Around this time of year – in fact, many times in the year – there’s a little mental exercise I like to do, which I call “reboot”. Basically, I take everything in my life – committments, obligations, goals, attachments – and try to momentarily drop them all, in my mind. It’s kind of like rebooting a computer. I try to switch everything off and imagine that I was starting all over again, from scratch.
What I find useful about this exercise is, by letting everything go, I can start again from scratch and think about where I’d like to be, which commitments I’d like to have, which goals I’d like to pursue and which are achievable. This helps to set me up better for the next period of time, whether that’s the next year or the next few moments.
I’ve found this useful on both a macro and a micro level.
On a micro level, I might find that I’m working on task A, and this leads to a smaller sub-task B, which leads to a smaller sub-task C and so on, so that I get bogged down in a very deep level of complexity. When this happens, I try to notice it happening, stop for a bit and think again about what I’m trying to achieve, and whether all of those details are really necessary. By doing this, I might be able to see where I could cut out some unnecessary detail or subtly switch focus to a more essential sub-task.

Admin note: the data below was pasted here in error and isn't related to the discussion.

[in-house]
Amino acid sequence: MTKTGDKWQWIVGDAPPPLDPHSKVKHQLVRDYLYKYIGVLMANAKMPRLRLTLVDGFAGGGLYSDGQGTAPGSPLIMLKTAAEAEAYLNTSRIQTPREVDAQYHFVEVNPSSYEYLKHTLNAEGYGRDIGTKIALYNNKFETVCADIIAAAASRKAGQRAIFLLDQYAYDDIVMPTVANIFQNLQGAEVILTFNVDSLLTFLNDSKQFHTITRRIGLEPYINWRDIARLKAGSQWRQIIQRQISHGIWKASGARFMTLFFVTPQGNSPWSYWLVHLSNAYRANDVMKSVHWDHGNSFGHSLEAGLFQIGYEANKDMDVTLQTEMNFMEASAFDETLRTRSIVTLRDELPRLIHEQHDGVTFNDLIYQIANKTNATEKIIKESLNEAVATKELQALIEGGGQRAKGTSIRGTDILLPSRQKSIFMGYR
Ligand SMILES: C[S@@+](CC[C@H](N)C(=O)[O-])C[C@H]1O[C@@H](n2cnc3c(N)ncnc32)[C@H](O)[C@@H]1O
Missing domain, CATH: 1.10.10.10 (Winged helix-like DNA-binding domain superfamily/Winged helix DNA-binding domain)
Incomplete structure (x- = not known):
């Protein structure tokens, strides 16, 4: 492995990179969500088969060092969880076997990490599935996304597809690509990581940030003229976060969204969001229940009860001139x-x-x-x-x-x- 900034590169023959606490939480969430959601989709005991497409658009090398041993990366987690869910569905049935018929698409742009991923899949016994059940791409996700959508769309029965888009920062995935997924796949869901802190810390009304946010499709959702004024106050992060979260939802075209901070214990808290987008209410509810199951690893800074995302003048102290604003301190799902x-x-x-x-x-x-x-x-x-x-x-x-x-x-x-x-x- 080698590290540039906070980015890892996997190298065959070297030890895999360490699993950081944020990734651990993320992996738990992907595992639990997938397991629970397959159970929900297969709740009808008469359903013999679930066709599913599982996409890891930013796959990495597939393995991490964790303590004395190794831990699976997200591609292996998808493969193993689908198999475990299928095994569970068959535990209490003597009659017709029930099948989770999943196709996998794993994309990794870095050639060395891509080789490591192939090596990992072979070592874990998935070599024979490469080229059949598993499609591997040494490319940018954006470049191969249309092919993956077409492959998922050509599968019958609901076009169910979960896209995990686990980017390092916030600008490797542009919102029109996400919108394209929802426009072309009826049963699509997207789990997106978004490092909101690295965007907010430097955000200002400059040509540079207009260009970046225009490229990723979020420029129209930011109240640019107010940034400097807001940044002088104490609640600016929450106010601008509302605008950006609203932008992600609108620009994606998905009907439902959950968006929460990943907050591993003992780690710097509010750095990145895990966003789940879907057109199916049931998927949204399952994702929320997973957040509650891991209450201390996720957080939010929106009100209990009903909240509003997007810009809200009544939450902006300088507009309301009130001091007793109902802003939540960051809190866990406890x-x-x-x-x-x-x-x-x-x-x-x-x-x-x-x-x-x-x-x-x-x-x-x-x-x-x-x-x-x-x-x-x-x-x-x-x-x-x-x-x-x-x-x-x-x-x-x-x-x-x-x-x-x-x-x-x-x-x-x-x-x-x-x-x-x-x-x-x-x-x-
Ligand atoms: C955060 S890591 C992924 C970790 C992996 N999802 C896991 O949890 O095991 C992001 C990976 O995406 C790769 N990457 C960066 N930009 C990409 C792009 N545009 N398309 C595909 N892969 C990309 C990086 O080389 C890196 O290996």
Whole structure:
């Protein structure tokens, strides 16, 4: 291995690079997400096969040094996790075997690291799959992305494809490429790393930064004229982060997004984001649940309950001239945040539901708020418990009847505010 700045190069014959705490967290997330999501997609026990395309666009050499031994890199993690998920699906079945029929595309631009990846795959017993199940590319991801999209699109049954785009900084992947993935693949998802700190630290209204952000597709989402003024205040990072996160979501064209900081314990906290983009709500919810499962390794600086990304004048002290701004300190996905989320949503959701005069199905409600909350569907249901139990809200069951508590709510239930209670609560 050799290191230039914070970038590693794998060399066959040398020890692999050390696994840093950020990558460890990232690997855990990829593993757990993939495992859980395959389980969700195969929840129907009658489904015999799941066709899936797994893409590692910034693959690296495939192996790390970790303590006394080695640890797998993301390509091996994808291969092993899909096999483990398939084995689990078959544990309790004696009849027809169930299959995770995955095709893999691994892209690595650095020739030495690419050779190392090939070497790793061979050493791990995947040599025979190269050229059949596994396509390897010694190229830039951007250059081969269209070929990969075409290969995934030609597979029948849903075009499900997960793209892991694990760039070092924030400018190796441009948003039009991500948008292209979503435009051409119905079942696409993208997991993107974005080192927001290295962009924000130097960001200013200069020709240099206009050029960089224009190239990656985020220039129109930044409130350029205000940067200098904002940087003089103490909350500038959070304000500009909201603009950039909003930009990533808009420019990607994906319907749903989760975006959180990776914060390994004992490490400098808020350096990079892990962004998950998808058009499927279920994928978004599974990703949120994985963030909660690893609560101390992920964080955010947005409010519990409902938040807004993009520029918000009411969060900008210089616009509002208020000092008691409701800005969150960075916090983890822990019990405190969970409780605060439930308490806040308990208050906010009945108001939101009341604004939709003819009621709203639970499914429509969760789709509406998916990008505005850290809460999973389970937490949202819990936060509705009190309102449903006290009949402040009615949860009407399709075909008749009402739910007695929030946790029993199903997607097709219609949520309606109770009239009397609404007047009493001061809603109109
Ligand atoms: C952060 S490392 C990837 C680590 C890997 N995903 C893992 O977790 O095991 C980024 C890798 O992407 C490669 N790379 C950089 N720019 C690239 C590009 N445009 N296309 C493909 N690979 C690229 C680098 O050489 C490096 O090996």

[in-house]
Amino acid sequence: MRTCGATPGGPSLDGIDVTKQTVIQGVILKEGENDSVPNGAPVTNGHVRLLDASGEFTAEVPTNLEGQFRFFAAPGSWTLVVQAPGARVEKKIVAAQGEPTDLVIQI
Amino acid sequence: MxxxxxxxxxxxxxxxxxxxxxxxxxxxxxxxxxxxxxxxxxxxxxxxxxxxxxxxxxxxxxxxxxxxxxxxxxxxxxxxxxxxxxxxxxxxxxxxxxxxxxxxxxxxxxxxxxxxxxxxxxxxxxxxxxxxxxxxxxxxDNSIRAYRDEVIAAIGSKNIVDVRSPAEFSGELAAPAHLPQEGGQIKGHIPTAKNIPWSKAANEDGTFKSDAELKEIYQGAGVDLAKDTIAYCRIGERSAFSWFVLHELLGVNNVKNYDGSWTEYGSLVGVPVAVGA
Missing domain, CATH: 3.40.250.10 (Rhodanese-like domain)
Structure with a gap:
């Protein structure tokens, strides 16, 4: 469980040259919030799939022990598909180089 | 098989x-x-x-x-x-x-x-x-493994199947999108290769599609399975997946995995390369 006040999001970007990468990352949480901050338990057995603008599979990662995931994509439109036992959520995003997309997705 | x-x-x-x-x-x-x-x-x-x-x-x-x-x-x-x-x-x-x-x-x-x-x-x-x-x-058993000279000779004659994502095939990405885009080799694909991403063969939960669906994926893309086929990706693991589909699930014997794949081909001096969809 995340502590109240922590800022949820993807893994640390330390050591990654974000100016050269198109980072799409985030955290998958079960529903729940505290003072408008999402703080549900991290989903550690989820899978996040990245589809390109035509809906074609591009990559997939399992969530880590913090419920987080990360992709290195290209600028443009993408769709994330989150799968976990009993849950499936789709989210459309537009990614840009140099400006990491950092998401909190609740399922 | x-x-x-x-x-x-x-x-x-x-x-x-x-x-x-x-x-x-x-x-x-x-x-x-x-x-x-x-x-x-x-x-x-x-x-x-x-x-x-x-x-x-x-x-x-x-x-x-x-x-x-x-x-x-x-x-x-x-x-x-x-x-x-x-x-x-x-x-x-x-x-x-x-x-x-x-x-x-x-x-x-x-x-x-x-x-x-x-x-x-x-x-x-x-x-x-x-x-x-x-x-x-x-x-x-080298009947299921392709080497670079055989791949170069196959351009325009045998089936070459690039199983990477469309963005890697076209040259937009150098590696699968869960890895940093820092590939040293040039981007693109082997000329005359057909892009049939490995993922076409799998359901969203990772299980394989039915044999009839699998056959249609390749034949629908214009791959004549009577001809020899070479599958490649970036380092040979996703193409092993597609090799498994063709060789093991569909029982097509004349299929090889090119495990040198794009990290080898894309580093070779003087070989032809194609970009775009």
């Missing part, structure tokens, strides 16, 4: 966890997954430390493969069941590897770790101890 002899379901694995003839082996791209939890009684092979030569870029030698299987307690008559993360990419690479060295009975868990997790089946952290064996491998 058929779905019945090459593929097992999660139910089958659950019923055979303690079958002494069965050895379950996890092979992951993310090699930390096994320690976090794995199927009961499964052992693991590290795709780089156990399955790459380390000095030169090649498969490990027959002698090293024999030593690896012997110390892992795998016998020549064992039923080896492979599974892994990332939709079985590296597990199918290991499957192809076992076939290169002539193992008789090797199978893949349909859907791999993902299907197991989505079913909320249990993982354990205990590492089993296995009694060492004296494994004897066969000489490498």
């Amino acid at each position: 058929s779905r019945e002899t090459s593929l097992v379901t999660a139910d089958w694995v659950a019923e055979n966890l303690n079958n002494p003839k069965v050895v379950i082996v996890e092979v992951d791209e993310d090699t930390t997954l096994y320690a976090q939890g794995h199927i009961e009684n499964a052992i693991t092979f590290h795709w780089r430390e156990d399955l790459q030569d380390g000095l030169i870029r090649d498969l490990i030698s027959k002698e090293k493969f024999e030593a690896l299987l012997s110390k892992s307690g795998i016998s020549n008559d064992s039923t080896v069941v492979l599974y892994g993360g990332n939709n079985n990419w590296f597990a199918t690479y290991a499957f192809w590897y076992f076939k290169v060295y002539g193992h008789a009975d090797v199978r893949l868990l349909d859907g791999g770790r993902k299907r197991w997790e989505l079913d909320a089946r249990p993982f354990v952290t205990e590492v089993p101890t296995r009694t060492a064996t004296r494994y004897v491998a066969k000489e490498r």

On a macro level, I might be thinking about the next year. What are my plans, work goals, commitments I’ve made and obligations or attachments I have to things, people, places, etc. But suppose I was starting again from scratch. Imagine I had just arrived on this planet! What would I want to do? Some things would stay in the list, even after the reboot. If I dropped everything, I would still want to do those things. So I can re-affirm my commitment to them. Other things might be not so essential. I went down a path of pursuing them, but that path kind of wore itself out. So I decide I no longer need to continue down that path, and I can think about dropping those things.
As you can see rebooting can be a useful exercise both in a short-term context (working on a piece of code or design, planning some detail of your life, purchasing decisions, etc) and a long-term context (planning your year, thinking about career, relationships, etc).
Have a happy new year everyone. Enjoy!